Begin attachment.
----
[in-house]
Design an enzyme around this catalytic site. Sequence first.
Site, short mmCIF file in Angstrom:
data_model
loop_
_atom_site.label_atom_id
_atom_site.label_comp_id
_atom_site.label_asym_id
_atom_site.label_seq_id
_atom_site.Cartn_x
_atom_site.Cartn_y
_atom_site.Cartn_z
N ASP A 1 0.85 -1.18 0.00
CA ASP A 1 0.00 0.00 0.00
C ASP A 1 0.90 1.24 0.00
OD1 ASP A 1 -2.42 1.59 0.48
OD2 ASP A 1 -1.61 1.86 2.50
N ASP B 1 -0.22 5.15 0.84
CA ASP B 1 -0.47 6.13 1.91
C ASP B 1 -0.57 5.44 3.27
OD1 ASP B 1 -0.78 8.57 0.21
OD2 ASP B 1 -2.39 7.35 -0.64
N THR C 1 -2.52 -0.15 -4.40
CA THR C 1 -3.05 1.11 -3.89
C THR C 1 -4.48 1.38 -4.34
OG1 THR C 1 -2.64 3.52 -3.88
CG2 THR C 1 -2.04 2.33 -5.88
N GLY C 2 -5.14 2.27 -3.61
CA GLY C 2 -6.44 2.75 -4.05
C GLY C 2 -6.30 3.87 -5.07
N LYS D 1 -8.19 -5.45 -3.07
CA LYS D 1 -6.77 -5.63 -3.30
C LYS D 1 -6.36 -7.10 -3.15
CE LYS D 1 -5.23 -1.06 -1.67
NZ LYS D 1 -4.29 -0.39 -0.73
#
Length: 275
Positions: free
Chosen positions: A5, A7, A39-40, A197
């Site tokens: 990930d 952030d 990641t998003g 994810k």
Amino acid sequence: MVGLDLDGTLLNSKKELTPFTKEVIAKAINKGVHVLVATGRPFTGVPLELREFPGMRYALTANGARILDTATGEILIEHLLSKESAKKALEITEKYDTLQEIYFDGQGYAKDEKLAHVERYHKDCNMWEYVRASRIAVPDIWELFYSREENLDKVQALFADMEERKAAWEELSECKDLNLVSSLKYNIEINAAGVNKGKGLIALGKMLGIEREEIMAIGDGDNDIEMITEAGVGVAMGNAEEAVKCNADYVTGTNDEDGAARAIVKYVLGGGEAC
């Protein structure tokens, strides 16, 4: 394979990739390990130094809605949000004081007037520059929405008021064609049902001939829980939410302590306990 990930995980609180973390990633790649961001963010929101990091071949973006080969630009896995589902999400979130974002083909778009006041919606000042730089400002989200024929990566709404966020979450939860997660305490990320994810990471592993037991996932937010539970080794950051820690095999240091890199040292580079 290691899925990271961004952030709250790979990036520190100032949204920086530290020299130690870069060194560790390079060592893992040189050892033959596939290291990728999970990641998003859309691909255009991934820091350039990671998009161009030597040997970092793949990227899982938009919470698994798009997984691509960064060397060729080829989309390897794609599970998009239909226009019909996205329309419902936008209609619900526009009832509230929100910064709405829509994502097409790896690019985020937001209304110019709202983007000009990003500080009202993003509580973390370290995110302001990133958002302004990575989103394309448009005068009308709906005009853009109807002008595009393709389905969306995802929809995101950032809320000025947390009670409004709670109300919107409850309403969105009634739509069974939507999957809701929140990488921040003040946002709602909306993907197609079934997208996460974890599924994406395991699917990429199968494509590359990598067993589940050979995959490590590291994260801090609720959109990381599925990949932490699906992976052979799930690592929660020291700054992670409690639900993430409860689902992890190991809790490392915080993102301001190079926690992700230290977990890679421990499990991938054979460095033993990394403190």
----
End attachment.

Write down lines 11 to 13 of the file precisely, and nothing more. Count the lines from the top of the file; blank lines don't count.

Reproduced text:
_atom_site.Cartn_y
_atom_site.Cartn_z
N ASP A 1 0.85 -1.18 0.00